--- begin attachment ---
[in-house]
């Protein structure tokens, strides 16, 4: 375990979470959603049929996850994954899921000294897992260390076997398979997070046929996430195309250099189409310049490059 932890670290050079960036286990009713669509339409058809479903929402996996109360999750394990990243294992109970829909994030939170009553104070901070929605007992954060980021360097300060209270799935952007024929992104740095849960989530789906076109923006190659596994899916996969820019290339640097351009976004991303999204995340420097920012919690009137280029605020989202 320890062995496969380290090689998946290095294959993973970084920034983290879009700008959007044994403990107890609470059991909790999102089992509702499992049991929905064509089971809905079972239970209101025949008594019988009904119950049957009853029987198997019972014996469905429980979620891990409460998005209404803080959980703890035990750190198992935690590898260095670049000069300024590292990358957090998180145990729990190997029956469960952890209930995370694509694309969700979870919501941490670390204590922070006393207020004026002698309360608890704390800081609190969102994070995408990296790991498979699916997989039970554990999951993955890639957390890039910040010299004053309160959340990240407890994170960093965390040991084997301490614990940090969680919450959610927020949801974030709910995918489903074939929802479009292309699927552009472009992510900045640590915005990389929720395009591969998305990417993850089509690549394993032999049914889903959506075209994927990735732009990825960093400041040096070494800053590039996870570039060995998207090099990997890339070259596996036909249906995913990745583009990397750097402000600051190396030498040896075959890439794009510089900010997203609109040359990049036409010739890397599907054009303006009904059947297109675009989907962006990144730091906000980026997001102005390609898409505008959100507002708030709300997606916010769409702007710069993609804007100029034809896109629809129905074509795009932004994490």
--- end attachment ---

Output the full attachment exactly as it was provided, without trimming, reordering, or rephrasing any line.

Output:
[in-house]
């Protein structure tokens, strides 16, 4: 375990979470959603049929996850994954899921000294897992260390076997398979997070046929996430195309250099189409310049490059 932890670290050079960036286990009713669509339409058809479903929402996996109360999750394990990243294992109970829909994030939170009553104070901070929605007992954060980021360097300060209270799935952007024929992104740095849960989530789906076109923006190659596994899916996969820019290339640097351009976004991303999204995340420097920012919690009137280029605020989202 320890062995496969380290090689998946290095294959993973970084920034983290879009700008959007044994403990107890609470059991909790999102089992509702499992049991929905064509089971809905079972239970209101025949008594019988009904119950049957009853029987198997019972014996469905429980979620891990409460998005209404803080959980703890035990750190198992935690590898260095670049000069300024590292990358957090998180145990729990190997029956469960952890209930995370694509694309969700979870919501941490670390204590922070006393207020004026002698309360608890704390800081609190969102994070995408990296790991498979699916997989039970554990999951993955890639957390890039910040010299004053309160959340990240407890994170960093965390040991084997301490614990940090969680919450959610927020949801974030709910995918489903074939929802479009292309699927552009472009992510900045640590915005990389929720395009591969998305990417993850089509690549394993032999049914889903959506075209994927990735732009990825960093400041040096070494800053590039996870570039060995998207090099990997890339070259596996036909249906995913990745583009990397750097402000600051190396030498040896075959890439794009510089900010997203609109040359990049036409010739890397599907054009303006009904059947297109675009989907962006990144730091906000980026997001102005390609898409505008959100507002708030709300997606916010769409702007710069993609804007100029034809896109629809129905074509795009932004994490």